I’ve no idea what we will decide to do, what processes we will change or adopt, what new ideas and challenges we will set ourselves, but this part of the job is the one I enjoy the most. Everything is fresh, new and exciting.

Roll on 2011!


I mentioned in my previous post that we run a webhelp build of our content (a.k.a. our Knowledge Centre) on our developer community website, and that it was hosted in an iframe. I thought it worthwhile fleshing out the detail of that as it includes a bit of custom code some others might find useful.

As our content is locked behind a login, we need to be sure that only people who are logged in can access it. This is achieved by a couple of simple checks.

1. When the Knowledge Centre is loaded, a script runs that checks it has been loaded within the correct iFrame within our website. If it’s not, the user is redirected to the login page.

The javascript for this is added to the webhelp.js file (around line 106):

//———– init function ————
Kbase.init = function() {

//OUR redirect
if(window.top.location==window.location) {
window.top.location = ‘URLTOYOURIFRAME’;

2. If the Knowledge Centre has been loaded in the correct iFrame (in other words the above javascript is happy), the website checks for a cookie (checking for login) and then either loads the Knowledge Centre, or, again, redirects the user to the login page. The javascript for this is standard cookie checking stuff (google will find you a zillion solutions).

And that’s it. Nothing particularly clever, but a useful way to (lightly) protect the content of our Knowledge Centre.


Like many, I struggle at times with a common perception, one which was highlighted to me yesterday by a colleague.

Like most team leads/managers, I have a lot of tasks that aren’t purely focussed on the creation of information. I don’t do much technical writing, instead letting the guys in my team focus on that (they are better at it than me anyway) whilst I work around the edges of what they do, things like taking a document through a review with some SMEs and processing the output, or building a new output template, or proof reading some of their work.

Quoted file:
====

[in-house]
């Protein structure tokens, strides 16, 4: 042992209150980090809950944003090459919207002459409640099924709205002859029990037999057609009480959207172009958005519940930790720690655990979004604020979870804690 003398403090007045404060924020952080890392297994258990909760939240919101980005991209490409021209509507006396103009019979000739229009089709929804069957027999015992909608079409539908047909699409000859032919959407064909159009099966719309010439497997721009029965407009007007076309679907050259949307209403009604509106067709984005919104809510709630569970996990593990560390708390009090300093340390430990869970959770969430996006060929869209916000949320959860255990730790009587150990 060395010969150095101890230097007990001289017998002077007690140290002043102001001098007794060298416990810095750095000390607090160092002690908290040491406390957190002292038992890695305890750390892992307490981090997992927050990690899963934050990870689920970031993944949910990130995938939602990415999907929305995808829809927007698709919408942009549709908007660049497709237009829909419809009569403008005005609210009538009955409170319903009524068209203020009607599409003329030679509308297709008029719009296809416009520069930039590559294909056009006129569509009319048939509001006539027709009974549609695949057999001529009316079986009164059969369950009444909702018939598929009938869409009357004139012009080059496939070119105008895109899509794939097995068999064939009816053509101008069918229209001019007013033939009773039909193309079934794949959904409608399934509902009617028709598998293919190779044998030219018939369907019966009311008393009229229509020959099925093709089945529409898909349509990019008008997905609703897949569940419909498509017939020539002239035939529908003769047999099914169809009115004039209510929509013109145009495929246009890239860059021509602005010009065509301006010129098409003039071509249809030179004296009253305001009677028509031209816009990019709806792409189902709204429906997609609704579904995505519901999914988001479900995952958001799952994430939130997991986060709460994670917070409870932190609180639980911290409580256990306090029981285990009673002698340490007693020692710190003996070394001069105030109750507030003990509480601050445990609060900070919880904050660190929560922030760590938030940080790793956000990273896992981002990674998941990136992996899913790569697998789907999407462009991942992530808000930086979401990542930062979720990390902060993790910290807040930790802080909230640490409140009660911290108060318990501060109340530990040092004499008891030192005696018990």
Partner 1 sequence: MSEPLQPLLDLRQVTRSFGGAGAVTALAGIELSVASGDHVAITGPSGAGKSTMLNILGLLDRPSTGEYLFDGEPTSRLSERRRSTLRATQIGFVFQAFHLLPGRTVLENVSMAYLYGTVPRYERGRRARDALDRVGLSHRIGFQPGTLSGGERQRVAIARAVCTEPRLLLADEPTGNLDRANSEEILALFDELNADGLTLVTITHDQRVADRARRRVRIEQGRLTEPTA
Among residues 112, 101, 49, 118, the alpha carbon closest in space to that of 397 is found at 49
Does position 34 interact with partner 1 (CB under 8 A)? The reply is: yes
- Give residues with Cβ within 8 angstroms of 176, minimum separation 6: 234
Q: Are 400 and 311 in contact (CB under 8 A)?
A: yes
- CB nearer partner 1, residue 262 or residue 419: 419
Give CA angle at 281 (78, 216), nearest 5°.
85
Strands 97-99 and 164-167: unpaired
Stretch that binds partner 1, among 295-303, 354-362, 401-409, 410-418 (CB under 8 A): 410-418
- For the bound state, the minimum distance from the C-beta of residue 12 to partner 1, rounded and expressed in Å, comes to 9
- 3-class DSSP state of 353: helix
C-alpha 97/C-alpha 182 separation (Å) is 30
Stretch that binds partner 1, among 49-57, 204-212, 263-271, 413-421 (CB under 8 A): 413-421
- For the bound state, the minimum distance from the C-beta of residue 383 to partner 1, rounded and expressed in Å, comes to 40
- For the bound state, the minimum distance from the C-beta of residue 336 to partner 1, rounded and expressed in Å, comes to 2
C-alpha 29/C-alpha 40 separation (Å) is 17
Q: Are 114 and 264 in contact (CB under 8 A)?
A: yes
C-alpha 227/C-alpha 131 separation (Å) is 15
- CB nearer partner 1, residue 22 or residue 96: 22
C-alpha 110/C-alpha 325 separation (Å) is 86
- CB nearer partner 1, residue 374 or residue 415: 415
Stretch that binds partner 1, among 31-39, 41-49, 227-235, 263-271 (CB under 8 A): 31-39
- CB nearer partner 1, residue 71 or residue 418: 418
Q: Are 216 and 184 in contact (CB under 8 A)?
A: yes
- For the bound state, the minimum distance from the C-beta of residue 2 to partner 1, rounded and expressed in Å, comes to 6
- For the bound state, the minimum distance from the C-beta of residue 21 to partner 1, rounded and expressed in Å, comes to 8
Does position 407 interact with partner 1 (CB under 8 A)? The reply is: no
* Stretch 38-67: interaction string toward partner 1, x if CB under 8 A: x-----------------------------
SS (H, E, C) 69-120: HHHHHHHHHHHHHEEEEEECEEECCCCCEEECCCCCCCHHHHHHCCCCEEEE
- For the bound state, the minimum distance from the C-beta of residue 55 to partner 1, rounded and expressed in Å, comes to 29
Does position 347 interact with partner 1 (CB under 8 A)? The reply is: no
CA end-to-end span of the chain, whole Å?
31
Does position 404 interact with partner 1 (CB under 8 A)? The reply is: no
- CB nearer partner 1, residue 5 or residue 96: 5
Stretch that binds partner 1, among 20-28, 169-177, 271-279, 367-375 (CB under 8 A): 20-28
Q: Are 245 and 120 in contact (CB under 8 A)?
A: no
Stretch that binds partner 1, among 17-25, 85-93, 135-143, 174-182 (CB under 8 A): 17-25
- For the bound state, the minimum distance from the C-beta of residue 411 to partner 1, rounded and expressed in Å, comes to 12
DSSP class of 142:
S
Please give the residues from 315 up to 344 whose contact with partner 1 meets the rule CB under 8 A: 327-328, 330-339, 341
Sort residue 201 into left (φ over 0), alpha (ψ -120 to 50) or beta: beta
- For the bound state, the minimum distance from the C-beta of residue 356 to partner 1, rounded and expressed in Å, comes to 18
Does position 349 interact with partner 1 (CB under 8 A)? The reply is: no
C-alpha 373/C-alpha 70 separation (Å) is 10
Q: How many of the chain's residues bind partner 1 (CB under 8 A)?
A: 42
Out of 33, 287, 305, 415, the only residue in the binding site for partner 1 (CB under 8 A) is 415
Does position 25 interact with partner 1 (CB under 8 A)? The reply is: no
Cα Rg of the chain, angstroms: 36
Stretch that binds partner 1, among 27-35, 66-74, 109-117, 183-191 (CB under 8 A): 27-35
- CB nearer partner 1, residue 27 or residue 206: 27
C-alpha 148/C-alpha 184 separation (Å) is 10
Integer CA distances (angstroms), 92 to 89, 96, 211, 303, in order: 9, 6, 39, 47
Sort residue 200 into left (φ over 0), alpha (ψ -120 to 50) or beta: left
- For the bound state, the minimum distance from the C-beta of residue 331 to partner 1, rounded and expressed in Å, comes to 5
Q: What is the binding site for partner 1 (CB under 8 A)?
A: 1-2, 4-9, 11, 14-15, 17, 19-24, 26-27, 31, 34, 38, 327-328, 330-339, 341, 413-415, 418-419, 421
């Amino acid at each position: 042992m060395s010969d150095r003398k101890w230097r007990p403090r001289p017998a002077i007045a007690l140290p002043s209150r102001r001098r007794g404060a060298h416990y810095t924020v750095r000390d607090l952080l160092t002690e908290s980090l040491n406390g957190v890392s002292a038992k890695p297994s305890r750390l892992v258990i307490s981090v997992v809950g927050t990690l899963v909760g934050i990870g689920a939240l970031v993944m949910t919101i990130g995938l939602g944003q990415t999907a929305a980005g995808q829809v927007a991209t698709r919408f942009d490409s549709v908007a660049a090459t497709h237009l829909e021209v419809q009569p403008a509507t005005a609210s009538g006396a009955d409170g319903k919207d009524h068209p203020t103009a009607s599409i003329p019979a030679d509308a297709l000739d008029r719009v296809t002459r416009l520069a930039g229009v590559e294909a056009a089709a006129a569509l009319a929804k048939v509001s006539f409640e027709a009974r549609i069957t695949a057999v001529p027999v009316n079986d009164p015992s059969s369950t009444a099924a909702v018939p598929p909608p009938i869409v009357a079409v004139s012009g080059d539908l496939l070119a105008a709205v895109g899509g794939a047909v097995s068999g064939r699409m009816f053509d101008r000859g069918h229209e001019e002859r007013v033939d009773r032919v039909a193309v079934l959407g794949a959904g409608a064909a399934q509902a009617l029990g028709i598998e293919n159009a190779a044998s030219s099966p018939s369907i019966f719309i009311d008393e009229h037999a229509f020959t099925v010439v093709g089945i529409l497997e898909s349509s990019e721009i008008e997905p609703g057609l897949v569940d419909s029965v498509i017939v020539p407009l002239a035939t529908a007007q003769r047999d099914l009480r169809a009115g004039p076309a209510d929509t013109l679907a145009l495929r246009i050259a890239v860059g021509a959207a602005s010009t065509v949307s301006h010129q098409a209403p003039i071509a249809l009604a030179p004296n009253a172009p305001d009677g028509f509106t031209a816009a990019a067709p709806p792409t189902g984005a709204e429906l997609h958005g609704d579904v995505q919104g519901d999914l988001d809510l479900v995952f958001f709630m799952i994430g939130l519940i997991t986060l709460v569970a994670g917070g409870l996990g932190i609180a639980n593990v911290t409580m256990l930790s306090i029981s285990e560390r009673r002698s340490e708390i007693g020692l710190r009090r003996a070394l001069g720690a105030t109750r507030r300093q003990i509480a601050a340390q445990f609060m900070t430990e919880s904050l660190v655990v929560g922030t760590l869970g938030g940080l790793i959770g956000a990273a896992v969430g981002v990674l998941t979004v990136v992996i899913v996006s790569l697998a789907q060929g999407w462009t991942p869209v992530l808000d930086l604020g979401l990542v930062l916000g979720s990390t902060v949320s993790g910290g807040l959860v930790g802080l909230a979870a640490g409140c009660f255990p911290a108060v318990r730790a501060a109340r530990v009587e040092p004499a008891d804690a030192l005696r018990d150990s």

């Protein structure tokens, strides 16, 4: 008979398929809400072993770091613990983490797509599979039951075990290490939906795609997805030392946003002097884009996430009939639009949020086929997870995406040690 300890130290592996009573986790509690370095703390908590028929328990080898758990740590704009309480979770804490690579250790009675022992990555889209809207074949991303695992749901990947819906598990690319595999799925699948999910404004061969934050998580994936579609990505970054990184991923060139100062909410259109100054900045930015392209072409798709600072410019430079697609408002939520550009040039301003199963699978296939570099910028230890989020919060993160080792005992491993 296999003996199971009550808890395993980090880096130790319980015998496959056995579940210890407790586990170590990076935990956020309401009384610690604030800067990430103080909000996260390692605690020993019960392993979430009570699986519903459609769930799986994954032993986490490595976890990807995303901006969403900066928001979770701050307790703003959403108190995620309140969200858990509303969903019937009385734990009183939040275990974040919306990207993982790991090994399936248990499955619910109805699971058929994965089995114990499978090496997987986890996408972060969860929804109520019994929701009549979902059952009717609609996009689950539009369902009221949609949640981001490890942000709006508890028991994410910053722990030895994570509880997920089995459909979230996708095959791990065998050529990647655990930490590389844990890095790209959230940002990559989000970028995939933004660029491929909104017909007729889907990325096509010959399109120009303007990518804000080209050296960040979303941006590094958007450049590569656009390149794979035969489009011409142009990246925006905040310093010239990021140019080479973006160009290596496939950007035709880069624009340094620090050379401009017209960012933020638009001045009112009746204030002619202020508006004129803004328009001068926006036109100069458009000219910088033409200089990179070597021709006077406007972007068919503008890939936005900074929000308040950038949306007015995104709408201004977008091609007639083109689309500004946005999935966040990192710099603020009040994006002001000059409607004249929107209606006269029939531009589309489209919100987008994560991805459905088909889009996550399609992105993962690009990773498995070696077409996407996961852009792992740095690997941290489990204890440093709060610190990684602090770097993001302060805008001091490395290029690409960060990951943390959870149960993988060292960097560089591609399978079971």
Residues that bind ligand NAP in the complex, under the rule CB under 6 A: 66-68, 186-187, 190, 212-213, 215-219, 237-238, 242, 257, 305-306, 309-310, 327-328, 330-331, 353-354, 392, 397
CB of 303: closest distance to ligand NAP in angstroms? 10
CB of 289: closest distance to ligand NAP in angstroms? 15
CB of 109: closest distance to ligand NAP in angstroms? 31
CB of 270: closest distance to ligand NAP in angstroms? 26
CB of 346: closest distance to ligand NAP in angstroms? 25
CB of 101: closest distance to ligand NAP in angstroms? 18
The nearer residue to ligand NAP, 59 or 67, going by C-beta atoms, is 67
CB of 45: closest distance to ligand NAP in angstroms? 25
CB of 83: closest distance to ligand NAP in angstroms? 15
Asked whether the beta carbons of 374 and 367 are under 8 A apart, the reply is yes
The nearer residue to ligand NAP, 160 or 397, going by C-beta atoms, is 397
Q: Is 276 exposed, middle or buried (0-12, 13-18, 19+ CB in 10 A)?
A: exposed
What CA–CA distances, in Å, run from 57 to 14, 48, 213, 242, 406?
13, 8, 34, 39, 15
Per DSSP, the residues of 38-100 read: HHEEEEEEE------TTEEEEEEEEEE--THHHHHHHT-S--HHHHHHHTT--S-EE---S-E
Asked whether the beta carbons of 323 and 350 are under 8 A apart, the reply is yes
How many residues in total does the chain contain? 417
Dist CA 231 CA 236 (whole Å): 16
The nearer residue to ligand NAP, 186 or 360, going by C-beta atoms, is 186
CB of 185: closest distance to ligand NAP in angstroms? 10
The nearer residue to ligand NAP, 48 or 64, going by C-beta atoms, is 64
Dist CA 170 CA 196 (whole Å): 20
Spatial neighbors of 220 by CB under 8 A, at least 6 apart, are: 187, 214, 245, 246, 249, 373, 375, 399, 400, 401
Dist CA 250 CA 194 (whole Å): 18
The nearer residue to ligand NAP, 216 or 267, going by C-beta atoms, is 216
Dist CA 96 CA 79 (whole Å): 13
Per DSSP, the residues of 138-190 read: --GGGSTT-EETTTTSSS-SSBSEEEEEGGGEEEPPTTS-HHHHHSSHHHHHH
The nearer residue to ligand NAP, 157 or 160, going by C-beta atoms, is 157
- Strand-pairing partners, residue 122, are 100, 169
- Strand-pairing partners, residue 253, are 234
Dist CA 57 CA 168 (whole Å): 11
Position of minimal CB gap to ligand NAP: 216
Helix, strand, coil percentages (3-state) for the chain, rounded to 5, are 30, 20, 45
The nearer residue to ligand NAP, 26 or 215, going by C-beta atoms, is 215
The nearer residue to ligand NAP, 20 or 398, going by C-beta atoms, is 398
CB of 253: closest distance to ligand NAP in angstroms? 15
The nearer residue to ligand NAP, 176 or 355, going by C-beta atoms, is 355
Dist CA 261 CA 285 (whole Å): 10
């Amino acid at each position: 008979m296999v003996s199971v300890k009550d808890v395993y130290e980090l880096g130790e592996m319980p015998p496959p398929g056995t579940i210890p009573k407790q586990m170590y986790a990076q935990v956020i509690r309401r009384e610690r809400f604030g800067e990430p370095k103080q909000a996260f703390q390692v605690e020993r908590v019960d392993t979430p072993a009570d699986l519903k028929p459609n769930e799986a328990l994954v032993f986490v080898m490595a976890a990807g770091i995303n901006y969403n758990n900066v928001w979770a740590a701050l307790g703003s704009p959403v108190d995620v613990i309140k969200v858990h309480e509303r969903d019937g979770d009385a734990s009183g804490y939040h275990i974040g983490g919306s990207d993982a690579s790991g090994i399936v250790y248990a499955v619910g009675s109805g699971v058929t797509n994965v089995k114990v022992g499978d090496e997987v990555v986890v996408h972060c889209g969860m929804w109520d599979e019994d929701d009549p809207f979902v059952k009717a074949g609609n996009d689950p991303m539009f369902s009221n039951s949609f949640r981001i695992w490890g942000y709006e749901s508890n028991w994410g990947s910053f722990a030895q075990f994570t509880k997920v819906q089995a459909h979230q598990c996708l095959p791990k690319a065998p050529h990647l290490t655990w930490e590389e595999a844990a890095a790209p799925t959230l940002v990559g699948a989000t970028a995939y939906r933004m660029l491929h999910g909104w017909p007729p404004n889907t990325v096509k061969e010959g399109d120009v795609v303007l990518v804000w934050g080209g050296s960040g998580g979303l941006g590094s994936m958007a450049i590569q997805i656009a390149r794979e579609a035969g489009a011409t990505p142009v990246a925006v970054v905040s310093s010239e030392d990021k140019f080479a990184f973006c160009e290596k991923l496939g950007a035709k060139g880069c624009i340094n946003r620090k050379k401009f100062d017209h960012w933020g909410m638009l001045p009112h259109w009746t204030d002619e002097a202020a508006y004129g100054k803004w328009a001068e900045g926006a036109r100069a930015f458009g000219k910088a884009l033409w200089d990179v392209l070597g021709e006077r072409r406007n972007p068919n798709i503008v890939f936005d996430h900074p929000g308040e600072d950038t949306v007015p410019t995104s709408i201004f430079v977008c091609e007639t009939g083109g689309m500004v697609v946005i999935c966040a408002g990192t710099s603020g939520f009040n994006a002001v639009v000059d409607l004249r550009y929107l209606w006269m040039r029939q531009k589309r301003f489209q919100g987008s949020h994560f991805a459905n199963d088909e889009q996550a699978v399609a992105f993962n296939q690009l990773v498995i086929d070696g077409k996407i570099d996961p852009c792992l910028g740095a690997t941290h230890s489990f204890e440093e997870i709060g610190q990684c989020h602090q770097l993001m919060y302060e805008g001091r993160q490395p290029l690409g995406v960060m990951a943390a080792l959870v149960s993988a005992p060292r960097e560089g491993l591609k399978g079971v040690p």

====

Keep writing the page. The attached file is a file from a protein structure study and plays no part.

My team and I have a good idea of what I do, even though I also get dragged into chats about other information related initiatives (document management systems being the latest). But as far as everyone else in the organisation goes, I am obviously not doing a good enough job communicating that out.

So my colleague was asking how my team were doing as we are approaching the last few weeks of this current release cycle. When I said that it was a bit tight and we were probably going to have to move some of the ‘could have’ information, he asked why and then asked what I was working on myself.

Thankfully, to answer his question I have a whiteboard directly behind me that holds all the ‘other’ stuff that technical writing teams need to think about; Product Glossary updates, creation of a Knowledge Centre, Release Notes and so on.

However the point here is that, whilst we all struggle to convey the importance of what we do (until people get to that “ahhhhh” point which most do eventually), it is in all our interests to evangelise our services. Yes this will only have direct impact within your current organisation but the ripple effect over the coming years will start to grow as people move on and take your messages with them.

It may mean that you, and your team, need to stand up in front of the whole company to ‘introduce’ themselves and what they do (same applies for lone writers!), as well as backing that up with updates and conversations with people you may not normally chat to, and I realise it’s probably not something that comes naturally to many people.

So to give you a kick start, as soon as I’ve finished it, I’ll be sharing a sanitised version of that very presentation. It’ll be focussed on a software company which is being re-introduced to that wee team they all know of, but don’t know much about. I hope it might be of some use.